Why Shoot to RAW?
If photography is more for you than just a way to document celebrations, relatives, and vacations, read on. In short if photography is what you live for and you want to present the best, then this text is definitely for you. Take these words to heart, and you’ll never be stuck with a “great… but unusable” picture again.
So—why should you photograph exclusively to RAW? In short, it’s because you never know when you might take an exceptional photograph. And if that photograph is in JPG format, or worse yet in a low-resolution JPG, what then? We’ll first back up for a wide view, and then look at the matter in detail.
What’s So Special About RAW Anyway?
Looking at RAW from the perspective of the age of film photography, it can best be compared to negatives. JPGs, meanwhile, are most comparable to Polaroid pictures. When working from RAW, just like when working from a negative, there are many ways you can process your photograph. In the old days you could use a negative to produce photos at practically any size you needed, with your choice of brightness or contrast, while there wasn’t much you could do with an already-developed photo. The same is true now of RAW vs. JPG. Although JPGs can be edited, you have to keep in mind that every edit to a JPG causes at least some loss of quality.
JPG Is Lossy
JPG images lose at least a little quality every time they are opened and saved. You might not notice it after the first round of edits, but over time you can have a situation where your picture will have for example seen its eye-pleasing color gradients replaced with color artifacts—with distortion. Meanwhile with a RAW original, you’re free to export a lossless, 16-bit TIF file and edit it freely in multiple sessions before finally saving it to a JPG that you don’t intend to process further. You can erase the TIF after that, and you’ll want to as well, since TIFs are large. But keep your “negative”—your RAW photograph.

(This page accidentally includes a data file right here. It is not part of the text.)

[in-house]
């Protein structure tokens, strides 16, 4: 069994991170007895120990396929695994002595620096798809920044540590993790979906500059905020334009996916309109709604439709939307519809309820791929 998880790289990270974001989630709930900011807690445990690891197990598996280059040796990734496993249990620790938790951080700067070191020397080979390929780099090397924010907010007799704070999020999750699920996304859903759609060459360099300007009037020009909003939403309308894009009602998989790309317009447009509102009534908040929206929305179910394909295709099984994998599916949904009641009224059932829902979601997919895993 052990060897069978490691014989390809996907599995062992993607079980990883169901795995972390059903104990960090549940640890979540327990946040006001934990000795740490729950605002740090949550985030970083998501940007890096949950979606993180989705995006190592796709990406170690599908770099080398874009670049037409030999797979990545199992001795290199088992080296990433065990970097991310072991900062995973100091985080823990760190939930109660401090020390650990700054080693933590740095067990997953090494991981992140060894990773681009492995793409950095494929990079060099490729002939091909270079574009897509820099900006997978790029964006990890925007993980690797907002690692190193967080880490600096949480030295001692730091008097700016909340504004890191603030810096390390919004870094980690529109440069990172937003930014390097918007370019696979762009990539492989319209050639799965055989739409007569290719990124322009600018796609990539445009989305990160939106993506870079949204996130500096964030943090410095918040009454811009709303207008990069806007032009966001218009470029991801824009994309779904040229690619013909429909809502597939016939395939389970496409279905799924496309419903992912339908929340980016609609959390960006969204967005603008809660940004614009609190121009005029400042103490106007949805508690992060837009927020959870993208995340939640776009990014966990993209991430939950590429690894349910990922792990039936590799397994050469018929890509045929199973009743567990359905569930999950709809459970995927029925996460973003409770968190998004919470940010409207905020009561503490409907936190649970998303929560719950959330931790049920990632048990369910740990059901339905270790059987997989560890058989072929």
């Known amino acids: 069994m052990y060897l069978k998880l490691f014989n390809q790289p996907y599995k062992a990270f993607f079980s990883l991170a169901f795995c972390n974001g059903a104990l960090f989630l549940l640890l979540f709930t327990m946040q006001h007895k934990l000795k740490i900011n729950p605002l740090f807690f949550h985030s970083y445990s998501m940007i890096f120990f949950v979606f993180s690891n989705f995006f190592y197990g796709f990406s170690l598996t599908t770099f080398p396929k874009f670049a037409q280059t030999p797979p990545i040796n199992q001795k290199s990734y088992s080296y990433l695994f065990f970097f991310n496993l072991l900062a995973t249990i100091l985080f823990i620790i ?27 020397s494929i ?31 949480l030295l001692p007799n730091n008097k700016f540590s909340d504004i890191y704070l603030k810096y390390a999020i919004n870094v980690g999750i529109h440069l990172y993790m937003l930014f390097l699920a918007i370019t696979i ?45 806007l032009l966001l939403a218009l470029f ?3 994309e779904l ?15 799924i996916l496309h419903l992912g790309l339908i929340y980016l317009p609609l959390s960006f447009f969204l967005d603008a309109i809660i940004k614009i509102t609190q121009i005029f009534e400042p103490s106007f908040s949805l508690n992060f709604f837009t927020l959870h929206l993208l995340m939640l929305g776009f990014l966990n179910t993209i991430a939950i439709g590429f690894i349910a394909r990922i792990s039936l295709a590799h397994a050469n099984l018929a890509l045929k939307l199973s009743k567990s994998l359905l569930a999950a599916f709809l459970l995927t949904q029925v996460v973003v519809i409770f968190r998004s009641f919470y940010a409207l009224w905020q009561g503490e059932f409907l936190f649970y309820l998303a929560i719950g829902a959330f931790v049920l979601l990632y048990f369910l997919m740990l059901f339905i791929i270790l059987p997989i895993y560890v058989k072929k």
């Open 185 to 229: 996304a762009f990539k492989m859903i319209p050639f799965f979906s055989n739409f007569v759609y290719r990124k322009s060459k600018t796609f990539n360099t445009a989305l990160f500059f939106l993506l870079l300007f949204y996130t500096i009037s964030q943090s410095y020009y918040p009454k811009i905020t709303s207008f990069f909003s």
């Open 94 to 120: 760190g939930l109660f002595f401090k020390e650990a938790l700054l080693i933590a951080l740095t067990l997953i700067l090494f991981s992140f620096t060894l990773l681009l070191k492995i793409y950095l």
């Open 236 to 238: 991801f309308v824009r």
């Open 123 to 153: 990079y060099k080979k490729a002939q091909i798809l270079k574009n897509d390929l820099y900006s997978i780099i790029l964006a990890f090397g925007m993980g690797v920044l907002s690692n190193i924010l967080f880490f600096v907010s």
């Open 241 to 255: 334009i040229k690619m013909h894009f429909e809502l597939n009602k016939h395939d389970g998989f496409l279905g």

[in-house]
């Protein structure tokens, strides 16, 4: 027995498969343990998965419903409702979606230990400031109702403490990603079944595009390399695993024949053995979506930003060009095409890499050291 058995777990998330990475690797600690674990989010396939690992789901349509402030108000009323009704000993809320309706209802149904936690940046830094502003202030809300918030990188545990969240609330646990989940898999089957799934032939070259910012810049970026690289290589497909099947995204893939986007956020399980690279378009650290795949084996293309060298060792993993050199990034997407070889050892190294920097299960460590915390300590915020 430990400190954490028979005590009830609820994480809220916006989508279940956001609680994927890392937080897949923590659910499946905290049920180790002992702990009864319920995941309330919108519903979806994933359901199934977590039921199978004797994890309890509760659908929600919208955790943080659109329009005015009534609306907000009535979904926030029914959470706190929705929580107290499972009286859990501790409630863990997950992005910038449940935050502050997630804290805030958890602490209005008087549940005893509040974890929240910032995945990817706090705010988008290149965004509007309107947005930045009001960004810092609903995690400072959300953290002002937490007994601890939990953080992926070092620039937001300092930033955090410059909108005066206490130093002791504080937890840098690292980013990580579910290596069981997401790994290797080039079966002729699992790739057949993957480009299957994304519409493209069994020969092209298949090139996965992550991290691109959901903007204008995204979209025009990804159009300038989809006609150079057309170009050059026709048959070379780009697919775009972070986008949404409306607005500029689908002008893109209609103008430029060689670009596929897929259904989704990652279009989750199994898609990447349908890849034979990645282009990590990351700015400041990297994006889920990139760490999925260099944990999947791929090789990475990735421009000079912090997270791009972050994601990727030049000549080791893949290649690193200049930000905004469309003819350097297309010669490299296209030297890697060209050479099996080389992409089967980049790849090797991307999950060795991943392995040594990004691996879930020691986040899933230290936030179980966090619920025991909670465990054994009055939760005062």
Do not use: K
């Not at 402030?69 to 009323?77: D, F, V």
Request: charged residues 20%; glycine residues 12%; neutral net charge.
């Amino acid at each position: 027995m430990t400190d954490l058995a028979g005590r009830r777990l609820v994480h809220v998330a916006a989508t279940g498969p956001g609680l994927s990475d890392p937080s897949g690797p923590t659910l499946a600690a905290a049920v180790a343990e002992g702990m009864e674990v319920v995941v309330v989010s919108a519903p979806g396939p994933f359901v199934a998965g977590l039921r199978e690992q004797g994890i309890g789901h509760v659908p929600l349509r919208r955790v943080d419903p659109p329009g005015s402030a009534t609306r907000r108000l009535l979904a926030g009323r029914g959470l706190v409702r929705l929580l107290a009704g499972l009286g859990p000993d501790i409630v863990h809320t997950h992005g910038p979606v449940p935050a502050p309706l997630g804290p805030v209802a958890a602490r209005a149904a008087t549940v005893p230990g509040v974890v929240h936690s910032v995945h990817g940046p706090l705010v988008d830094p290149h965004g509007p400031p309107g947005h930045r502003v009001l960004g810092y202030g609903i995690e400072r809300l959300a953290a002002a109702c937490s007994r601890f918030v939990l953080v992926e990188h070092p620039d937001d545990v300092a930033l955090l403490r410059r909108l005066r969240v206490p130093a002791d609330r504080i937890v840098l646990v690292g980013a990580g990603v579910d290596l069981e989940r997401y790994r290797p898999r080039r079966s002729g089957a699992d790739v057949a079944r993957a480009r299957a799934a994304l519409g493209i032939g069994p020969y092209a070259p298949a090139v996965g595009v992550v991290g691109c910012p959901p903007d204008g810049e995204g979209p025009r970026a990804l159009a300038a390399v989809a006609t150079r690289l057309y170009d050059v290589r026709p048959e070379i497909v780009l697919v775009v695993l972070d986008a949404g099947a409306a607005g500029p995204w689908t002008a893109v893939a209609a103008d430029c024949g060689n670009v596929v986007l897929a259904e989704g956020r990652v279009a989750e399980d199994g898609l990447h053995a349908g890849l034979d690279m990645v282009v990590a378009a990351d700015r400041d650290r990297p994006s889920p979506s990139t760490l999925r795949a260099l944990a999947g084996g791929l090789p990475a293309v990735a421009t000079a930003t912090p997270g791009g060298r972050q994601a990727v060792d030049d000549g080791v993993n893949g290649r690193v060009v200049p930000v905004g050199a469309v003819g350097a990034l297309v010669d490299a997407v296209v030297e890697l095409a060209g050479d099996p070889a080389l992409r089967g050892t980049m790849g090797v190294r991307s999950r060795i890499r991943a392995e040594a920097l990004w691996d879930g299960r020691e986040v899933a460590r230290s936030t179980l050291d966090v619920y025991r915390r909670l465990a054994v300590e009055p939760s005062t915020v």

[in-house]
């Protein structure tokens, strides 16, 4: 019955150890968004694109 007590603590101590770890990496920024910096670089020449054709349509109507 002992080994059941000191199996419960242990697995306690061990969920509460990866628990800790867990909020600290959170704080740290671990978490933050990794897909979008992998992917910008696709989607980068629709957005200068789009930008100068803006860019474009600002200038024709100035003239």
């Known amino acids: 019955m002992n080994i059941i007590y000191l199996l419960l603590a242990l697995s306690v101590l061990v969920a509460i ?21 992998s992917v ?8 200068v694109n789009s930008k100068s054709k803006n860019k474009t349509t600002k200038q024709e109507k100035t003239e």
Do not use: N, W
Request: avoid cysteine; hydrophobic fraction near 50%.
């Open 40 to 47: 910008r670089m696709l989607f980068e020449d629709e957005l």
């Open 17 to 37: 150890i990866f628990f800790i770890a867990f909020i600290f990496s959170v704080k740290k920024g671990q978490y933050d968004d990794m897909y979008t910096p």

It’s true that RAW files are significantly larger than JPG files. But by carefully sorting and selecting your shots in-camera, you can delay space crises significantly. You yourself know best how you take pictures and how large a card you need. Note that ultimately, you will also want backup memory cards.
Send Me All the Photos
You surely know the terrible sentence above. You’re photographing a party, celebration, concert, or vacation. Your non-photographer friend asks you to send all the photos from the shoot. Handing over every photo is, to put it kindly, of debatable value, since even a professional will have a number of bad shots in every shoot. Blurry shots. Unfocused shots. Miscomposed shots. Blurry shots. Unfocused shots. Miscomposed shots. Shots that belong in one place only: your computer’s Recycle Bin… and definitely not on the disk of your friend, who will inevitably pass them on to other people. So it’s quite a convenient (and fitting) excuse when your camera shoots to an atypical format that your friend’s browser may not support, and thus you can’t just send an unprocessed shoot.
Imagine that you’ve just finished a shoot where you produced an exceptional photograph. If you don’t have that photo in RAW format, your possibilities for working with it are limited, and you’ll truly regret the situation. Don’t let that happen—shoot exclusively to RAW!
Last updated 8. September 2014